The first star of the Colorado Rockies simply never was.
With 398 career home runs and multiple National League MVP Awards, Dale Murphy entered 1993 as a strong candidate to become only the 25th player to reach 400 homers and secure a spot in the Baseball Hall of Fame.
Yet, when we think of all of the long balls that have been catapulted in Denver over the past 27 years, there is no mention of Murphy.
On this day in 1993, the 37-year-old announced his retirement after hitting just .143 (6-for-42) in 26 games with the Rockies. He had one extra-base hit, a double, and no home runs.
The Portland born outfield signed a one-year contract with the expansion franchise after an arthritic left knee sidelined him for much of the 1992 season with the Philadelphia Phillies.
Before his brief run in the city of brotherly love, Murphy was a perennial All-Star with Atlanta throughout the 1980’s and is the youngest of only 14 players to have ever won back-to-back MVP Awards.
Following Larry Walker’s selection to the Baseball Hall of Fame, odds suggest Murphy may become the next former Rockies player to have his ticket punched for Cooperstown, albeit via veterans committee.
Though Murphy never eclipsed more than 25% of votes in any year (a high of 23.2% in 2000), he would remain on the ballot for the full 15 years, as was the maximum duration at that time, and finished with more votes than current Hall of Famer Harold Baines all five years the two appeared together.
During the 1980’s, he amassed 47.1 bWAR, good for 4th most in the NL and 10th highest in all of baseball. Of the top 13 leaders in bWAR during the decade, Murphy remains the only one not enshrined in that hallowed hall.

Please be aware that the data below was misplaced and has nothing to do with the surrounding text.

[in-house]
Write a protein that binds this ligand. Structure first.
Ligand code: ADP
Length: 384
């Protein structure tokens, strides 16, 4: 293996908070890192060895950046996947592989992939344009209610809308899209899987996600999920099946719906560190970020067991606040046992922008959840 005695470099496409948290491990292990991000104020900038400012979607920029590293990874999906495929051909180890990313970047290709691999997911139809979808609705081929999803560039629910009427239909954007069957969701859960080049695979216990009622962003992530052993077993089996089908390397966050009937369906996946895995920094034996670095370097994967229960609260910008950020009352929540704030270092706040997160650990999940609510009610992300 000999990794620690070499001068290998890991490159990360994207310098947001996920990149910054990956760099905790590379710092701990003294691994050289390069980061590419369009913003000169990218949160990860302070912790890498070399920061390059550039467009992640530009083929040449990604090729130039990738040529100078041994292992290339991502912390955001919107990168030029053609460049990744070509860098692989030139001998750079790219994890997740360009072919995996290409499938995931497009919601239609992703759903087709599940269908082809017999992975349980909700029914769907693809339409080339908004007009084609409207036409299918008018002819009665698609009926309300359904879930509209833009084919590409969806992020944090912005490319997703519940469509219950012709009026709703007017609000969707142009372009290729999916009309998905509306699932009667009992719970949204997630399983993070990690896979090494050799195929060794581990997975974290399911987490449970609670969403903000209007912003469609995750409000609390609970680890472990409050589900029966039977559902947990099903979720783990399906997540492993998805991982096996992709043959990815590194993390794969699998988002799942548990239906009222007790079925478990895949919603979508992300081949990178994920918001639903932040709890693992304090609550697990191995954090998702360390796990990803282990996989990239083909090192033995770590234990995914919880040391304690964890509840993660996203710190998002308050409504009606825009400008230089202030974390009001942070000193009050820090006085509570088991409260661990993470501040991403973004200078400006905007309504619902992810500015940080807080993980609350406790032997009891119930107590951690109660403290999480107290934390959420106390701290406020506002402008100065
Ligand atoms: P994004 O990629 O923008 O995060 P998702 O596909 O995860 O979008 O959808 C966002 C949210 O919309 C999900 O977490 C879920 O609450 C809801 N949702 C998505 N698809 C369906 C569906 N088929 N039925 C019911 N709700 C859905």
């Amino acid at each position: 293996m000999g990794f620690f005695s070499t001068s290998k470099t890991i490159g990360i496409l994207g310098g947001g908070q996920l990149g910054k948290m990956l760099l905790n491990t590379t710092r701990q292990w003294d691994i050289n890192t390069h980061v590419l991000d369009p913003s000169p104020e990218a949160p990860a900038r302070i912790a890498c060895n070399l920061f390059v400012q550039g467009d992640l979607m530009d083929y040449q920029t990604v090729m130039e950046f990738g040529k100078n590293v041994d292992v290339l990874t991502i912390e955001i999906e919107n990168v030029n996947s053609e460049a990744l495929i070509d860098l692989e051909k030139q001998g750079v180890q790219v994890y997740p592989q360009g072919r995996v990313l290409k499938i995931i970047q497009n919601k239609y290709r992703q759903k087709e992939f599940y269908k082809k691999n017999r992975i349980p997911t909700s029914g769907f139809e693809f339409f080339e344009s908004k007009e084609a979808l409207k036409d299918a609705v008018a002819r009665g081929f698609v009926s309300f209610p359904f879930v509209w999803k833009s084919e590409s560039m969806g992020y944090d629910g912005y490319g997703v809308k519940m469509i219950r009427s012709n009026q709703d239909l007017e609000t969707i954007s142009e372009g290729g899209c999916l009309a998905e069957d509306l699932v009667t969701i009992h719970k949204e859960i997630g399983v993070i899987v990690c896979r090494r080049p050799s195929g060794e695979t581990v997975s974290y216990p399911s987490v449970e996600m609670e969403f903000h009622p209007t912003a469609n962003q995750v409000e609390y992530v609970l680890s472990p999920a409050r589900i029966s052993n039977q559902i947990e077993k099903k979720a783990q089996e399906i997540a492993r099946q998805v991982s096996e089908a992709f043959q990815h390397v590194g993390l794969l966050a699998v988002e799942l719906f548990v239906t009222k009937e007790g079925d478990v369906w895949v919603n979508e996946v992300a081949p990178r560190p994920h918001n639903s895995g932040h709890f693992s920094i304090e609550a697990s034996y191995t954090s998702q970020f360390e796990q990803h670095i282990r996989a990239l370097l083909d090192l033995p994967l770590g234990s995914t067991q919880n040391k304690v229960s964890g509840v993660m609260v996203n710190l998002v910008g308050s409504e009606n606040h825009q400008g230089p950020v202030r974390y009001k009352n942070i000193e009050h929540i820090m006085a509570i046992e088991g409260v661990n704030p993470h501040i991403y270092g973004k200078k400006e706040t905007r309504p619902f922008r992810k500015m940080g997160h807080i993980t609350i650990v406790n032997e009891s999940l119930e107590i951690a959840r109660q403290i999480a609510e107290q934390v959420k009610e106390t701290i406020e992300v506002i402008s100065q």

Last season, Raimel Tapia recorded his second career walk-off RBI with an 11th-inning single to down the Diamondbacks, 4-3.
The Rockies and Reds combine for nine home runs in 2012, the most ever in a single game at Great American Ballpark. Eight different players go deep, including Carlos González twice in Cincinnati’s 7-5 win.
Following a career-high eight strikeouts by Jason Hammel, the trio of Seth Smith, González and Ryan Spilborghs smack consecutive home runs in the seventh-inning to seal an 8-2 win over Arizona in 2010.
On the first pitch in the bottom of the ninth of a 2000 game at Coors Field, Todd Helton broke a 6-6 tie against the Pirates to wallop his second career walk-off homer.
Colorado returned home to Mile High Stadium for a pair of series against Pennsylvania’s finest in 1993 and lose 15-9 to the Phillies to start the sixth-worst homestand (1-5) in franchise history.
In 2001, Paul LoDuca tied Sammy Sosa’s mark of six hits against the Rockies and Helton swatted his first career grand slam, but Shawn Green and the Dodgers’ walk-off in the 11th, 11-10.
Barry Bonds launched the 715th home run of his career to pass Babe Ruth and move into second place all-time in 2006 with his fourth inning blast off Byung-Hyun Kim. Colorado scored six runs off former Rockies’ pitcher Jamey Wright to spoil the celebration at AT&T Park, 6-3.
On This Day In Baseball History
In 1956, Dale Long of the Pittsburgh Pirates set a major league record with a home run in eight-consecutive games. Years later, Don Mattingly (1987) and Ken Griffey Jr. (1993) would tied the first baseman’s mark.